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Passing a comparison operator in Python

October 28, 2013
tags: python, programming languages, stupid tricks, code-dump

So, earlier today I was refactoring some code to be more general purpose, and said code involved a comparison operator. I was already using the same code in two places, but copy-pasted with different comparison operators switched in. Eww.

I didn't quite know how to pull this off, given that I'm not that well versed on Python's introspection faculties... but I gave it a whack. My first thought was the niave approach, of passing in a string to specify mode...

Yuck.

Then I realized that functions are pretty much first class in python. Additionally, lambdas are short and sweet. A few minutes later, I was rolling with this instead:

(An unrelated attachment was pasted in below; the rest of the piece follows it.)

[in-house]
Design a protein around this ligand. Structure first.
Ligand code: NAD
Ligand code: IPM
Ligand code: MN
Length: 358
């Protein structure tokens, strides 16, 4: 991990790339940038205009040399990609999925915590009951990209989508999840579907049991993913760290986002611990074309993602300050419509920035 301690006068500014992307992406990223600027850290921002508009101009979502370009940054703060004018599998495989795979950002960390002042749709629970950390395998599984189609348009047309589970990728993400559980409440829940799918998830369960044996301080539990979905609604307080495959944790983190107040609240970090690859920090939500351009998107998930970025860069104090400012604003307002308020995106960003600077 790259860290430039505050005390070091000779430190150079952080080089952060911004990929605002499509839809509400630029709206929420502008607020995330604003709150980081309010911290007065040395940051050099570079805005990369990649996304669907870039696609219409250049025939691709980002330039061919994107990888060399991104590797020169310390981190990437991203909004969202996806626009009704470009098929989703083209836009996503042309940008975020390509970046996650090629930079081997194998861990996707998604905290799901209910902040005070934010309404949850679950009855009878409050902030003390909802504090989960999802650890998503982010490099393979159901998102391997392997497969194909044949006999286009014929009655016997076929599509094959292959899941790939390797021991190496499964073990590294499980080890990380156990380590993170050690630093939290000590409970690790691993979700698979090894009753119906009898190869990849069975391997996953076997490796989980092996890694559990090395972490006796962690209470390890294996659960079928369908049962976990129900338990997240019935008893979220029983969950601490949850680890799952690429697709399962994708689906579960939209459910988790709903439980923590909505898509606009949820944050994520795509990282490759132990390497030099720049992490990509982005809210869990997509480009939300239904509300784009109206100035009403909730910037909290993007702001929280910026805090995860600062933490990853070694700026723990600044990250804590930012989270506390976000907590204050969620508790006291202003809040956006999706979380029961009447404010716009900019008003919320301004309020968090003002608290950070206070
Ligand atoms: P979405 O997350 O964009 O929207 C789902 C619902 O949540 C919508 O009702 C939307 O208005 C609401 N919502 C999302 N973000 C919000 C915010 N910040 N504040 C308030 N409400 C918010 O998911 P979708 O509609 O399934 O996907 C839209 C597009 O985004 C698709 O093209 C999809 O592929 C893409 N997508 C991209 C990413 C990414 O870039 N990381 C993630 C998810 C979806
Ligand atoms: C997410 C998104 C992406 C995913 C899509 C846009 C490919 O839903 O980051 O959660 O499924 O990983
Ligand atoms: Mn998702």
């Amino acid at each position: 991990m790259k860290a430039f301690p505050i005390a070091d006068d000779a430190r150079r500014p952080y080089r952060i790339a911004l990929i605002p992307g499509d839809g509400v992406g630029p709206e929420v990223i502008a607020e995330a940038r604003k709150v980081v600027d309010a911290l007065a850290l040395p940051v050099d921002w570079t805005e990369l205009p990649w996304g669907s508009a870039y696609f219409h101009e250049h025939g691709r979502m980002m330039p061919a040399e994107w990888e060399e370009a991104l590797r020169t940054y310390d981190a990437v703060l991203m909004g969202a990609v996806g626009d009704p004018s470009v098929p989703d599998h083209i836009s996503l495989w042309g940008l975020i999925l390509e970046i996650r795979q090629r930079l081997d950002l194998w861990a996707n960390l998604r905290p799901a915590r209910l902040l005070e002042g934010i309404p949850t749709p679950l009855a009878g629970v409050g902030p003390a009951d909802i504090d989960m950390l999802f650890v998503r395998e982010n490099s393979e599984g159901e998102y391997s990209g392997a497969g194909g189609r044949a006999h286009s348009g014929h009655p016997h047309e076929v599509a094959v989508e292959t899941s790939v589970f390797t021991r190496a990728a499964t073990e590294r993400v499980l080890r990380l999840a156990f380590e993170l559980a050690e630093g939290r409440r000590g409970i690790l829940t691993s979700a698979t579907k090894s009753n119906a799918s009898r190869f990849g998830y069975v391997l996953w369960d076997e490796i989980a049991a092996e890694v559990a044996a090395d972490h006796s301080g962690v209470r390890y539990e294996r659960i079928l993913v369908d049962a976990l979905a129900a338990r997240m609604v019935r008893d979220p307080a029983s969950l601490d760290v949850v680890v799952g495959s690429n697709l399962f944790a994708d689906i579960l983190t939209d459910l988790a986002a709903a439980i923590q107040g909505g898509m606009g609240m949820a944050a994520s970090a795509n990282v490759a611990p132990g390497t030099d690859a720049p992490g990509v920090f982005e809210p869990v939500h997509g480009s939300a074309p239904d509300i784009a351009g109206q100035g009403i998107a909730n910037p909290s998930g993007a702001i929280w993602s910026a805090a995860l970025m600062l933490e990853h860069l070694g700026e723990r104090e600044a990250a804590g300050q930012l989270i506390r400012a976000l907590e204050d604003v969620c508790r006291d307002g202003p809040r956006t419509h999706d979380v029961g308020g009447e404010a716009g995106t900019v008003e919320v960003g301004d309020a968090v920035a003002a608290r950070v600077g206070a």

So much nicer. Instead of passing a mode string, now you just pass one of those comparators, ala:

myfun(4,7,comparator=cmp_lt)

Update: A friend pointed out a few other ways of accomplishing this -- one way more pythonic, and one incredibly unsafe.

The pythonic solution relies on the 'operator' module:

That's much like approach 3, but the call is now:

myfun(4,7,comparator=operator.lt)

The unsafe way is to evaluate it as a string! Here we go:

Man, I love Python. We're not starved for options!

Hope this helps someone else!

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